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Boardman schools to lose revenue from several sources



Published: Wed, March 30, 2011 @ 12:00 a.m.

By ELISE McKEOWN SKOLNICK

news@vindy.com

BOARDMAN

The school district’s finances will be considerably stretched next school year, due in part to Gov. John Kasich’s proposed budget, treasurer Richard Santilli told school board members.

The proposed budget calls for a 10.2 percent reduction in state-foundation support in fiscal year 2012, which begins July 1. But that’s not all the district will lose, Santilli said at this week’s board session.

The tangible personal property reimbursement, which all businesses paid on inventory, equipment and machinery, began being phased out a few years ago. The district will lose $703,637 in fiscal year 2012 because of it.

And, for the past nine years, the district has received public-utility deregulation reimbursement money. That’s been phased out completely, at a loss of $126,653 for the fiscal year, Santilli said.

“The part that bothers me the most is when money was being doled out in good years, our increases were nil, but now when there’s no money, our decreases are the heaviest,” the treasurer added.

Boardman schools will see the biggest cut in state-foundation funding of all Mahoning County school districts, according to the Ohio Office of Budget and Management.

The district spends $8,740 per year to educate a student. That places them in the bottom 20 percent for spending per pupil, said Jim Massey, the district’s director of operations. The district receives $1,499 per student in state foundation money.

“In other words, we do a pretty good job with the money that we have,” he added.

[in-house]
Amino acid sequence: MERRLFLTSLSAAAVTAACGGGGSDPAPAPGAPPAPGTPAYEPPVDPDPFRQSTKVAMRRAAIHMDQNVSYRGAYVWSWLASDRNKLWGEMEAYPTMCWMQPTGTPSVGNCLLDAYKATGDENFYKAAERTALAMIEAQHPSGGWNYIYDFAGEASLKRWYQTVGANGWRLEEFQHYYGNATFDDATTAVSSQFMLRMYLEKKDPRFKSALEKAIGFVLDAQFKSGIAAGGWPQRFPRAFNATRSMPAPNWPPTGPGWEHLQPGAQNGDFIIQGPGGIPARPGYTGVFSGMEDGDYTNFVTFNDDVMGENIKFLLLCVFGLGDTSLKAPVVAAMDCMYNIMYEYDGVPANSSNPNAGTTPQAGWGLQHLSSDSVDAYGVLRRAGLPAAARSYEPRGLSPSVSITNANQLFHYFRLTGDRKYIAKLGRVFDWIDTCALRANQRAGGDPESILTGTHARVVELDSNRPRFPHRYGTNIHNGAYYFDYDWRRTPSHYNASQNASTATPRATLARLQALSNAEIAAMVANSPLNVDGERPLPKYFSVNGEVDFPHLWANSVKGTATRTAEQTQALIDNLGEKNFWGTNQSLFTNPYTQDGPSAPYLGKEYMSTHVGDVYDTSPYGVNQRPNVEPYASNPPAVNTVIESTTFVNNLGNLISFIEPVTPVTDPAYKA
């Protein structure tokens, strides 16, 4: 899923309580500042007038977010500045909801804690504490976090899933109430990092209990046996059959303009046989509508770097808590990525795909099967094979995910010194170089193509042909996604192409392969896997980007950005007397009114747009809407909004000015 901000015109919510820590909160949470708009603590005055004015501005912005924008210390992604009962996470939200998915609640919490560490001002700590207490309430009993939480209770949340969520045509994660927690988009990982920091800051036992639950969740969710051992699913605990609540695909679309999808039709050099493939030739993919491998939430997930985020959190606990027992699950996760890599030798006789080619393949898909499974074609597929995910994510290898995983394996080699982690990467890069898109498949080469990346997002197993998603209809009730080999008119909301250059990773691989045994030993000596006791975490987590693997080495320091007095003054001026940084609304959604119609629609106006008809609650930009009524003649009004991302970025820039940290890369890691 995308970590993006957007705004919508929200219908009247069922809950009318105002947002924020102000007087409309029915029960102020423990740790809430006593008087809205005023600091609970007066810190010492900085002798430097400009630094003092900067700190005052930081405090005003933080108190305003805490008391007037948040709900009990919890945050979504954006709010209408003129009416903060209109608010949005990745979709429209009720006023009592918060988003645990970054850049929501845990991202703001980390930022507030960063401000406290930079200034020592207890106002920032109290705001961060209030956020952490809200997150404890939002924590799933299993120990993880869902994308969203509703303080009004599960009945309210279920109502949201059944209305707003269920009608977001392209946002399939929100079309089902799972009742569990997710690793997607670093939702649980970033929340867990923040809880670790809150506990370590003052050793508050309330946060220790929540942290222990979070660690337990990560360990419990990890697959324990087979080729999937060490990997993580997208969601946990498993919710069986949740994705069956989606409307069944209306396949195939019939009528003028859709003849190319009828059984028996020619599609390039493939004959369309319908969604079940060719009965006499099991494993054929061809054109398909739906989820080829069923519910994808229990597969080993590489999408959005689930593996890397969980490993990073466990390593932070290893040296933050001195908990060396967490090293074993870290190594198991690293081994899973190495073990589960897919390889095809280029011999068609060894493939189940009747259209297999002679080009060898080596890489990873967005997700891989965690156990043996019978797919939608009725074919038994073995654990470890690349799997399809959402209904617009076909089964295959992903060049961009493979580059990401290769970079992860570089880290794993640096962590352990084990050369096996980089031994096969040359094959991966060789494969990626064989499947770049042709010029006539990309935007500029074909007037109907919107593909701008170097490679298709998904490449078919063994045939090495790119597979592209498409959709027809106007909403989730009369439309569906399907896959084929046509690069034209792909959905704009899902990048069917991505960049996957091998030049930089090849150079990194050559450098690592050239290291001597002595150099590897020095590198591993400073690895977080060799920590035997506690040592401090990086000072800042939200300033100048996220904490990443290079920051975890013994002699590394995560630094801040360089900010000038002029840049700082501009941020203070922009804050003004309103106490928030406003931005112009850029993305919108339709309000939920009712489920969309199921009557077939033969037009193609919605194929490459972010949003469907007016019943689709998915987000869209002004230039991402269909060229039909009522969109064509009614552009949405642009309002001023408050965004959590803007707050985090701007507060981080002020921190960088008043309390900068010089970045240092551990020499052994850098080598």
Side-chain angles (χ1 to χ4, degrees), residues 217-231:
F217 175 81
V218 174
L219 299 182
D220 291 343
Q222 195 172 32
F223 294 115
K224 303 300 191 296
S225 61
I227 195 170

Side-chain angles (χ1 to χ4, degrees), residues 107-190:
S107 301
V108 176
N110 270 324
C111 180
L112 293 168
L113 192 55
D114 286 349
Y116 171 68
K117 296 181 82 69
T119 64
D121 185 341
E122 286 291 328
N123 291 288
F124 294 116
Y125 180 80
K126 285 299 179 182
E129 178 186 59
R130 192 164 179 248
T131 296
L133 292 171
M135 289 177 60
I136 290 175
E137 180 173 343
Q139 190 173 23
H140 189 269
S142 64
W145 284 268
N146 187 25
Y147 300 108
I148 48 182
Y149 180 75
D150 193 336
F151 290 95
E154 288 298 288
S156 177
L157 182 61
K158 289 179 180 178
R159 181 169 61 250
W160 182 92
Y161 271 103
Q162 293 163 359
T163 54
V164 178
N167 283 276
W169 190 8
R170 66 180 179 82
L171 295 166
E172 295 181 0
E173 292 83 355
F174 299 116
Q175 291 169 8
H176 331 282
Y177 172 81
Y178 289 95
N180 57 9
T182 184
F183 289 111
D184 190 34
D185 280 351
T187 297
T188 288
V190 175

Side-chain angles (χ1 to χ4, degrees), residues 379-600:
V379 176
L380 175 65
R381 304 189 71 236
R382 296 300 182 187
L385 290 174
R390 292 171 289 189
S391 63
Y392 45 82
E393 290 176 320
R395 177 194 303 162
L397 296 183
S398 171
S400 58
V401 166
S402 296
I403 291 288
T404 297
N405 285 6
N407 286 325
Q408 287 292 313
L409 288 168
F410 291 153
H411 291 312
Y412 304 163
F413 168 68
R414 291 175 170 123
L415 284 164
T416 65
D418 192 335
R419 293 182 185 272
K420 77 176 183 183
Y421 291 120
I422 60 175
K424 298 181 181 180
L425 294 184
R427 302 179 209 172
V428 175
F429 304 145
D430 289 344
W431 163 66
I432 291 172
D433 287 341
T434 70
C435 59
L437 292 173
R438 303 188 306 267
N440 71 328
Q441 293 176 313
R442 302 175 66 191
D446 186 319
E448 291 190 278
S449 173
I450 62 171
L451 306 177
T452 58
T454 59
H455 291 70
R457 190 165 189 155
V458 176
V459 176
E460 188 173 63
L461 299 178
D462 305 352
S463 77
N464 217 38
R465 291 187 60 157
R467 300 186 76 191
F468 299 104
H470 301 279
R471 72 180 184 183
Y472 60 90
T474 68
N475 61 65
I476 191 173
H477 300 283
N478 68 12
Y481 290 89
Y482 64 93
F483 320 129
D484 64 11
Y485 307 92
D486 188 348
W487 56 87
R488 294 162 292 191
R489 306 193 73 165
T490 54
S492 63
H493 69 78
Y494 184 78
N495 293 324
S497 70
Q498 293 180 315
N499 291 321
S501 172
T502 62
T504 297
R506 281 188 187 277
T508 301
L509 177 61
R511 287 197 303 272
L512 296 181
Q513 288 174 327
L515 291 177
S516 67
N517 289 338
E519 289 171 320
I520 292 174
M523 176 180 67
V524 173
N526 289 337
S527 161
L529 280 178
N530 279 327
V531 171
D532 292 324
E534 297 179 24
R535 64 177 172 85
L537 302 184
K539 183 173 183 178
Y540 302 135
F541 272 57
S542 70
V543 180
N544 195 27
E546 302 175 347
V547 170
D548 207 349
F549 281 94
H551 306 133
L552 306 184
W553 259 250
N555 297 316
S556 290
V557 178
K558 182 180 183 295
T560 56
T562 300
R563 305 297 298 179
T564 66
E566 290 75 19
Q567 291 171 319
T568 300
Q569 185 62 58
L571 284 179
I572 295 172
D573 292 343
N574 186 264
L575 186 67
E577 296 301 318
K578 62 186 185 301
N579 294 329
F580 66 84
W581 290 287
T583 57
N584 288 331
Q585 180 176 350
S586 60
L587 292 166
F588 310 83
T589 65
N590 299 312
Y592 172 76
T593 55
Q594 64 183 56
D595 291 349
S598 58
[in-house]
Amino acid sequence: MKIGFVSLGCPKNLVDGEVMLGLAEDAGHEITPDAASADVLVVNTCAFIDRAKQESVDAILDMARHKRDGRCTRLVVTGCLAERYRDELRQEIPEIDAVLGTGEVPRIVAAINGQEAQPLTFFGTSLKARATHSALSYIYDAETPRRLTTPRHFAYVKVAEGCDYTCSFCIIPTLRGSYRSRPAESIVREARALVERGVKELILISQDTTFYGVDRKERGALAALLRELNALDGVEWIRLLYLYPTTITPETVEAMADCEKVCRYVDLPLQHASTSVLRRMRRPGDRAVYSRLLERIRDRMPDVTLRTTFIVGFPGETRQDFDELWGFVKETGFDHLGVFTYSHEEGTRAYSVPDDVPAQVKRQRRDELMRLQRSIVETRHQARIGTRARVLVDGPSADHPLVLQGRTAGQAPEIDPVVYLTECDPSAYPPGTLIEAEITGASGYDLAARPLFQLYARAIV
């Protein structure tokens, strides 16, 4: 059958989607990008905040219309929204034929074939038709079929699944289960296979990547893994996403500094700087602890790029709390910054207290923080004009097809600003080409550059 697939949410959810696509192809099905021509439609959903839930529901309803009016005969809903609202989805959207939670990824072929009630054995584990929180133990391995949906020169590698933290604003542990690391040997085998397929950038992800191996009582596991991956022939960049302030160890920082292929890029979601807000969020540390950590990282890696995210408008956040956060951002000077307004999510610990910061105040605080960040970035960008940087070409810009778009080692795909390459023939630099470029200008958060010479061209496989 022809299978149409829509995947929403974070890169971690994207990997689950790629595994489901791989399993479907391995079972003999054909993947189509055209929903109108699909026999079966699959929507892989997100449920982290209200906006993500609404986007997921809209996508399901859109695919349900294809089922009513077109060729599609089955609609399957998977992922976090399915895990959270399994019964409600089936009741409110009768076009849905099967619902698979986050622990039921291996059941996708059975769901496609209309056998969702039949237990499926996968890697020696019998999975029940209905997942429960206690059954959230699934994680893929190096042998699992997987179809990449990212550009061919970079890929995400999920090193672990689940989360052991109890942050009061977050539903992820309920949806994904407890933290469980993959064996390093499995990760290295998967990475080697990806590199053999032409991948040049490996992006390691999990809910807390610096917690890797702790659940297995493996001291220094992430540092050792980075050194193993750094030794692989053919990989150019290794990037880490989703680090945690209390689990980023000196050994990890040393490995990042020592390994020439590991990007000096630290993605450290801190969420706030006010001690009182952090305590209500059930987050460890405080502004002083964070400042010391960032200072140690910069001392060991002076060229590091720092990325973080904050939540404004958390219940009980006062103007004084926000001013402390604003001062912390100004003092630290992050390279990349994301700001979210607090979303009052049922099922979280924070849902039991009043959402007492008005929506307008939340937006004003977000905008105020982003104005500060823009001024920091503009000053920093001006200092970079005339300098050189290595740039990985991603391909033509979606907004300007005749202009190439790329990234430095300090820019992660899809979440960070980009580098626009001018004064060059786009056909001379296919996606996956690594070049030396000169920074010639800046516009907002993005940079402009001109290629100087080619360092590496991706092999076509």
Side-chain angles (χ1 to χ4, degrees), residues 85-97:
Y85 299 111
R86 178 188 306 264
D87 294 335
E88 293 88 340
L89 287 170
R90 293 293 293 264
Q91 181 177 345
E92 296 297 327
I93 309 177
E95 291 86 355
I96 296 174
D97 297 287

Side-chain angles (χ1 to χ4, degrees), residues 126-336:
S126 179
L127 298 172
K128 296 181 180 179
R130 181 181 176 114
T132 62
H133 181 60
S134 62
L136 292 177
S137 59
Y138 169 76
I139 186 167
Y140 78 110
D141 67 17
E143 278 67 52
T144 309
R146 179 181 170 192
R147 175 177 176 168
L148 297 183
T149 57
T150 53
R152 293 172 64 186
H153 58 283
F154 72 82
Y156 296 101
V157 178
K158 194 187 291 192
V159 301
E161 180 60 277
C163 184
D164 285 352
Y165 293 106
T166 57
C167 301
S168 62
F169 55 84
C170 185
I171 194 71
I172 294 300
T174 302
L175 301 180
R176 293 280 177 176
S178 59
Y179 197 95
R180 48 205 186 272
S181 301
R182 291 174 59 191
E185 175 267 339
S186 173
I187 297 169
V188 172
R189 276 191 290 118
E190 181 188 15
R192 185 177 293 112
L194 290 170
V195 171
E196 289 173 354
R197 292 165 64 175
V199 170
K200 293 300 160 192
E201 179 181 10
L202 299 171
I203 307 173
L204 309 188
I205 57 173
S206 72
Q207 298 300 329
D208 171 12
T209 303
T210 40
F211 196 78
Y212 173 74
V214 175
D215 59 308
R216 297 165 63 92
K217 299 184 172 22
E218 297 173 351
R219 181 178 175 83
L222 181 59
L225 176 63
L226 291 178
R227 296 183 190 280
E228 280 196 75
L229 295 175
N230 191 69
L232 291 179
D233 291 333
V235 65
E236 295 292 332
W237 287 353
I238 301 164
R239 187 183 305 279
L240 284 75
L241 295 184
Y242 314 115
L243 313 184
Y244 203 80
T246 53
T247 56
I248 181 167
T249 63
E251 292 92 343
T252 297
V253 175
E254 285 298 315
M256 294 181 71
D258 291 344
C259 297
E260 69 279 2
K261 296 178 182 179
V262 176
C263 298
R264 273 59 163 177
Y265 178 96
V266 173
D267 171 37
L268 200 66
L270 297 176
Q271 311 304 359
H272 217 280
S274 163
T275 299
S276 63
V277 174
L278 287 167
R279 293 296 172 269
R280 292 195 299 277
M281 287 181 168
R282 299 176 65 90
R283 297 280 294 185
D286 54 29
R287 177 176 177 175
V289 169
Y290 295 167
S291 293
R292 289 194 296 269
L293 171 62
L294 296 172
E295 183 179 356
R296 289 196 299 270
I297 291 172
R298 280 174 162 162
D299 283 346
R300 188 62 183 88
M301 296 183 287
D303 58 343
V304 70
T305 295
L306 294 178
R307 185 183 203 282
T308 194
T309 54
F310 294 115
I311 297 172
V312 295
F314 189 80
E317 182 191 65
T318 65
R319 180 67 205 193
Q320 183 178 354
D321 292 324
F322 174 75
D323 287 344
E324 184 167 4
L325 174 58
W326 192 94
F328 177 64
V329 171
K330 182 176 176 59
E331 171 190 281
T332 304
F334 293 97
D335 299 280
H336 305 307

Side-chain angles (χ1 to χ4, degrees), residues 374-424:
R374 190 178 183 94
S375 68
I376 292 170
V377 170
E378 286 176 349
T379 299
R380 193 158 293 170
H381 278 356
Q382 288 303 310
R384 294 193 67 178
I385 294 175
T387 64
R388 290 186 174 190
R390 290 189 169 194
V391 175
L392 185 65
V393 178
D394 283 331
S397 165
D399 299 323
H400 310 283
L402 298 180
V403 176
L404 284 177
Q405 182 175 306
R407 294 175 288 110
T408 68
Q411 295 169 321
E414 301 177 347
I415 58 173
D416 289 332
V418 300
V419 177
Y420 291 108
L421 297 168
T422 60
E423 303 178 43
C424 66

Santilli notes the state budget isn’t final.

“The numbers have changed in the past,” he said. “But there’s almost a $9 billion shortfall they have to try to fill.”

The district would like to find ways to address the budget shortfalls without cutting teachers, said superintendent Frank Lazzeri.

“We’re trying to come up with some creative ways to plug the budget gap,” he added. “We’d rather not hurt students by cutting teachers, and we’re exploring some other ways of doing it so as not to have a negative impact on kids.”


Comments

1Photoman(1018 comments)posted 3 years, 8 months ago

Unlike Canfield, at least I don't see the Boardman folks whining--they appear to be seeking creative ways to fund the shortfalls.

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2ArnoldSlick(7 comments)posted 3 years, 8 months ago

I sincerely hope they find a way to manage the budget while maintaining the excellent system they have. It would be a shame for any of the kids, including my own, to lose out. Boardman schools are the best, and they do a great job.

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3seminole(476 comments)posted 3 years, 8 months ago

Maybe cutting lose some of the "psychologists" roaming the halls, hoping for one of the kids to have a melt down, will save some of the cash. Maybe making the parents accountable for their prince and princesses tantrums will make the parents actually be parents instead of self-absorbed social butterflies...check each school for the number of periferal staff andtell me they aren't pissing a ton down the drain.

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